On June 10, 2009, the West Virginia Lawyer Disciplinary Board issued Legal Ethics Opinion 2009-01 (What is Metadata and Why Should Lawyers Be Cautious?) to raise awareness among lawyers to be cautious when dealing with metadata. The opinion describes “metadata” as the data behind the data – including the location where the document is created, opened or saved, author’s identity, number of revisions, comments and redlining.
The opinion concludes that lawyers have a duty on both ends. The lawyer sending electronic information has the burden of understanding what information may be contained in the electronic document and take reasonable steps to protect metadata in transmitted documents. Likewise, the receiving lawyer has the duty and burden when receiving inadvertently provided metadata to consult with the sender and abide by the senders instructions before reviewing such metadata.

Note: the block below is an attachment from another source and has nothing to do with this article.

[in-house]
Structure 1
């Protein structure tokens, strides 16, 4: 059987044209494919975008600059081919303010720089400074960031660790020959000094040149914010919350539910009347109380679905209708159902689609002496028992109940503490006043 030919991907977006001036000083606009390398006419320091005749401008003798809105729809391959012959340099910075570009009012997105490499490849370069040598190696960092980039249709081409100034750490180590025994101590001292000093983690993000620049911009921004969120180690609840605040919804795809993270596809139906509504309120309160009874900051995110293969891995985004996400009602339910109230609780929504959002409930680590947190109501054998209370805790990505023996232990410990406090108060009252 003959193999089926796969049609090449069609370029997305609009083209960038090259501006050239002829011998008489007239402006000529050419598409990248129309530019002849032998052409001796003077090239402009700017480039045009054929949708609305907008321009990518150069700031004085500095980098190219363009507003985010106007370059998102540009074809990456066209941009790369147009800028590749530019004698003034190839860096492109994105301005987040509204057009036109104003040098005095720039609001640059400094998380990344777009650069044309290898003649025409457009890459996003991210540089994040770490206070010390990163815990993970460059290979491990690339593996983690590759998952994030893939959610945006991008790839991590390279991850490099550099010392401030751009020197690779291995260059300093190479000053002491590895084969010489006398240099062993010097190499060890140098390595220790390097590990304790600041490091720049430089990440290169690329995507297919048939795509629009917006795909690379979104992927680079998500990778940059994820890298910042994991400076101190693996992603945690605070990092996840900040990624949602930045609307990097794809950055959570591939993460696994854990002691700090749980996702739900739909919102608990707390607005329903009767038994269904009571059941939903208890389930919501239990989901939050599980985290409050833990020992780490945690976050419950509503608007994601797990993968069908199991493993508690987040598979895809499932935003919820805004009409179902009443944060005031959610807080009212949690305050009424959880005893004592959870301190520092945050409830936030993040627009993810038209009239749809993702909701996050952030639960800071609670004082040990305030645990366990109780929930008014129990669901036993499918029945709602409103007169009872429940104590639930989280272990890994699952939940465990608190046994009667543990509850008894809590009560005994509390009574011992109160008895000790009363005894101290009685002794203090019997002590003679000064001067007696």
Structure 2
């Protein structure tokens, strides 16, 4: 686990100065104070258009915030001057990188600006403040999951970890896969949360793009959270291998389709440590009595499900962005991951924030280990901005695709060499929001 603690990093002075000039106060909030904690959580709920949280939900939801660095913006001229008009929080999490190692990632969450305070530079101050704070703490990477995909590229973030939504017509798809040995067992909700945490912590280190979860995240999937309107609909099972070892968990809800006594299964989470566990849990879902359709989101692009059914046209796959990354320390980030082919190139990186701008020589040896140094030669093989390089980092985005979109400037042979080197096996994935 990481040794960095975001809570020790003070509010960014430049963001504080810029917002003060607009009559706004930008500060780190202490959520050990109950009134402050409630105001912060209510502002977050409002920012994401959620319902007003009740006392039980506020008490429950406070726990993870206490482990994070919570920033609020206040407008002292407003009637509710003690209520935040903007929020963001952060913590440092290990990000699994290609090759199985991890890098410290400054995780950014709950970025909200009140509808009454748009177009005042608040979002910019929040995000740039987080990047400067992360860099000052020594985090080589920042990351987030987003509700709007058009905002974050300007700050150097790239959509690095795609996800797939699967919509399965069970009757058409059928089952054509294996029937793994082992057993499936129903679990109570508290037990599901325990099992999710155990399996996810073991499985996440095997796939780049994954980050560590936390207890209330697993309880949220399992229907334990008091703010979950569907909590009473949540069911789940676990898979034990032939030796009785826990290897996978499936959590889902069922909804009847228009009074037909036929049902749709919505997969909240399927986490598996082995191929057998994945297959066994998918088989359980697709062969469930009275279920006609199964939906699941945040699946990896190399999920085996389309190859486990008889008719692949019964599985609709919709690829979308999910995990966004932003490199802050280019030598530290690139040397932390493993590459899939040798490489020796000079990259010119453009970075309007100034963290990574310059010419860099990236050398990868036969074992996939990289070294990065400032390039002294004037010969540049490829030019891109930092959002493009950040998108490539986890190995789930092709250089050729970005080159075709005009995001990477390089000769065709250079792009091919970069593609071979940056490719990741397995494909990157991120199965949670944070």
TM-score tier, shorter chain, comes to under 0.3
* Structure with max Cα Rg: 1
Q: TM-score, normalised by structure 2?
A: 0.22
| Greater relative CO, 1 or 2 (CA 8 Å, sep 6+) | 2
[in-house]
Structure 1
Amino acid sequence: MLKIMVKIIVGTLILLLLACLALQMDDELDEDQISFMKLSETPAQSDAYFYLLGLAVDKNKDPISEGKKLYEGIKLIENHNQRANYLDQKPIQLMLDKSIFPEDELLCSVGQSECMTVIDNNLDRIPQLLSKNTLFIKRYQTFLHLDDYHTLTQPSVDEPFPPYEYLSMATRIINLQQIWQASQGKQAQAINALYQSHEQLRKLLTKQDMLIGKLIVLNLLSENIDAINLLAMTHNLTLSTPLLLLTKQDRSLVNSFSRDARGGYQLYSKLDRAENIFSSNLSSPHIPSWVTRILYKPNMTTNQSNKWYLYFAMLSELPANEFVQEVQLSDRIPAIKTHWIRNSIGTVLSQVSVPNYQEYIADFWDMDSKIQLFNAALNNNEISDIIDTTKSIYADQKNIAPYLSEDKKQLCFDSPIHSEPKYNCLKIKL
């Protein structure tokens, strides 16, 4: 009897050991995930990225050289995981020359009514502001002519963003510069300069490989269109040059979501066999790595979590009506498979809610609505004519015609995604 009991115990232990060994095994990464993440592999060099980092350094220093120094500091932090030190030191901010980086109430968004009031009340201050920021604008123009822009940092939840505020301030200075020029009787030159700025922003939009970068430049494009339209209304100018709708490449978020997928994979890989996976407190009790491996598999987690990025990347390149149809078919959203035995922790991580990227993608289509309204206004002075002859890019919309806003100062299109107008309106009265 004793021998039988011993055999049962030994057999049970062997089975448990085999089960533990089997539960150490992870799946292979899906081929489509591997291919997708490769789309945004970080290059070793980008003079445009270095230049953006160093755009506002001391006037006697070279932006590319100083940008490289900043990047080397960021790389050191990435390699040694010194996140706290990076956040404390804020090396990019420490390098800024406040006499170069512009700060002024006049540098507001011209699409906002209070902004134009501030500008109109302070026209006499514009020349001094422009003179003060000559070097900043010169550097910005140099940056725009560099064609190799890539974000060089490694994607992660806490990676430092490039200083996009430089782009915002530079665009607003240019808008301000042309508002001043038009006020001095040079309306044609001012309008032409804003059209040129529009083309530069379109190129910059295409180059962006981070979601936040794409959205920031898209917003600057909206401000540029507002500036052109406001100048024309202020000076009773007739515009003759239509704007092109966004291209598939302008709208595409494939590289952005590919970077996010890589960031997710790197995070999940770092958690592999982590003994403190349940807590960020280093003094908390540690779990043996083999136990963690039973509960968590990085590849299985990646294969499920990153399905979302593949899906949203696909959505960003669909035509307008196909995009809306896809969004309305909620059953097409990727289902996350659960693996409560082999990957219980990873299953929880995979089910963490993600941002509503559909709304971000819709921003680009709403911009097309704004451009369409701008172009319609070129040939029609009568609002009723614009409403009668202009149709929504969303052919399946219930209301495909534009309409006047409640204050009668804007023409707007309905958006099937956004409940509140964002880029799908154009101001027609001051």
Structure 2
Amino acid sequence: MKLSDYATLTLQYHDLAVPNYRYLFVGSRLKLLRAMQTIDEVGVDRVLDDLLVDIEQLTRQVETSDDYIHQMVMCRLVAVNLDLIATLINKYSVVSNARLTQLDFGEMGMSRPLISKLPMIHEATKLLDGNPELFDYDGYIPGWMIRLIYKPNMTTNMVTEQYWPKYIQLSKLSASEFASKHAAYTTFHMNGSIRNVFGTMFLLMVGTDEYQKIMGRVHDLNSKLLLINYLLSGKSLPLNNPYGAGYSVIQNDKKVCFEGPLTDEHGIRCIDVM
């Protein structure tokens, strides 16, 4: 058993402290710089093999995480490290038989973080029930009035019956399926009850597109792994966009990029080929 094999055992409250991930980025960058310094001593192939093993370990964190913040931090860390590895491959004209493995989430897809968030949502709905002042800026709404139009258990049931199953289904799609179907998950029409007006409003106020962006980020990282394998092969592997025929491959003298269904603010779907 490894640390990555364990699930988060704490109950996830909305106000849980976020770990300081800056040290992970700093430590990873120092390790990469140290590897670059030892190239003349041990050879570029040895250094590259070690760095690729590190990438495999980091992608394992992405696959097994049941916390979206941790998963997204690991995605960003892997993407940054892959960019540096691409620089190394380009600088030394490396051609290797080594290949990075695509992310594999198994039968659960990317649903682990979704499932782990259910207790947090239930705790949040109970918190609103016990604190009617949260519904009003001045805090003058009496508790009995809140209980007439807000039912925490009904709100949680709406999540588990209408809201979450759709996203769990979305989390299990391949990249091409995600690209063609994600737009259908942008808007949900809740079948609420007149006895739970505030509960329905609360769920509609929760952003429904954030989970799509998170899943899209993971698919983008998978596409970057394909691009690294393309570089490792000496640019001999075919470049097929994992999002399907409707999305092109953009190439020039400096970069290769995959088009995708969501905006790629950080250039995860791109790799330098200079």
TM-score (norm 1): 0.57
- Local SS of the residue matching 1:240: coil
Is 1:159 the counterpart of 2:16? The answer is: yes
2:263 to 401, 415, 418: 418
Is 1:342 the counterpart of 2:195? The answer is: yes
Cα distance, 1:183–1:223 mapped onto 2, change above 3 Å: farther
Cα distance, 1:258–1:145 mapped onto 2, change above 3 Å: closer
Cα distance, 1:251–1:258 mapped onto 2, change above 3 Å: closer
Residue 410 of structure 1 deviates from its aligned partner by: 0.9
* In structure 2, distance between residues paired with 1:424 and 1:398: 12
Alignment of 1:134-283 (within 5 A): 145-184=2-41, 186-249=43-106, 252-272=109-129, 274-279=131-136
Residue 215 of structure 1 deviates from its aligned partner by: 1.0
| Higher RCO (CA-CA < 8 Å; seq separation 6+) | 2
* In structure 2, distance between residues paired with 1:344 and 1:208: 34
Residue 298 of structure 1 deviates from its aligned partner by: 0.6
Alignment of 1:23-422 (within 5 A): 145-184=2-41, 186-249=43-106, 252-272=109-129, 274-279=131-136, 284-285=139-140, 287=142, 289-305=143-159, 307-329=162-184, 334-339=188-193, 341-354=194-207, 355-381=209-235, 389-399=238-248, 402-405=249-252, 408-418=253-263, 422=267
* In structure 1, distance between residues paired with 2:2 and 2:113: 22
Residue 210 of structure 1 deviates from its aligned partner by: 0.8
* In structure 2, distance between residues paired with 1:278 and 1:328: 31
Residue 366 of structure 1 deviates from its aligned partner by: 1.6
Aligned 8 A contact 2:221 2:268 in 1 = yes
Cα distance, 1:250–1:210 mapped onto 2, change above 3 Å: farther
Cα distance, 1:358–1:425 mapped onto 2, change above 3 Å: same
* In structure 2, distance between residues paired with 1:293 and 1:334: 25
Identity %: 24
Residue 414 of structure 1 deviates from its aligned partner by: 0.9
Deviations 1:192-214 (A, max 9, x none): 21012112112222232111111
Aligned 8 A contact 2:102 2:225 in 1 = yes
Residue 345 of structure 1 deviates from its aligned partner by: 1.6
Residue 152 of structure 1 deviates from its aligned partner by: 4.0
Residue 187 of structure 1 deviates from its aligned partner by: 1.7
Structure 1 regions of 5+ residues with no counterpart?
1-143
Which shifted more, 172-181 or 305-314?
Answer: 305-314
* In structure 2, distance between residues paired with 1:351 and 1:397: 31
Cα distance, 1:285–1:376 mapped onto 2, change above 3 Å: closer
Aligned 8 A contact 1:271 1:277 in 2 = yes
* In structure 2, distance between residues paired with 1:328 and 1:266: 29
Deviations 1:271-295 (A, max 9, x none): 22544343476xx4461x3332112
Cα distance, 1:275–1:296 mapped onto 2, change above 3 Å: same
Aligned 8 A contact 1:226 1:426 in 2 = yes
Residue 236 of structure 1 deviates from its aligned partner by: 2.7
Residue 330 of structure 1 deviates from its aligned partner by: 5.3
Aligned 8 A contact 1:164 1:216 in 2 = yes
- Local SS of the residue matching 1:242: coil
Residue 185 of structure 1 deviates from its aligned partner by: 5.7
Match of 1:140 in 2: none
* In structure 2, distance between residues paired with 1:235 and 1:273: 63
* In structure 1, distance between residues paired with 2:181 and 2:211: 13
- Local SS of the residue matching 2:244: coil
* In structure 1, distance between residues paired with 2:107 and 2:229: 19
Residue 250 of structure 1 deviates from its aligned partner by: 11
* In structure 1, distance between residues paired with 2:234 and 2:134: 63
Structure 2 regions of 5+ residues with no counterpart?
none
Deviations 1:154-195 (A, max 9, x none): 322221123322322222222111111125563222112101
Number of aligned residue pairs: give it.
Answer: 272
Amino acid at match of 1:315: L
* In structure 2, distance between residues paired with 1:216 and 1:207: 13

The opinion also points out that different rules on removing metadata apply in the context of responding to discovery responses and subpoenas. In this case the electronic documents may be tangible evidence and the rules of professional conduct may prohibit the removal of metadata, subject to an assertion that the metadata is privileged.
The West Virginia Lawyer Disciplinary Board also issued Legal Ethics Opinion 2009-02 (Wholly-Owned Subsidiary Law Firms) on June 10, 2009. This opinion looks at the question of whether one law firm can organize a wholly-owned subsidiary law firm. The Board concluded that law firms are allowed to form wholly-owned subsidiary entities but cautioned that law firms should keep these entities transparent and fully disclose to the public and clients the relationship among the seperate entities.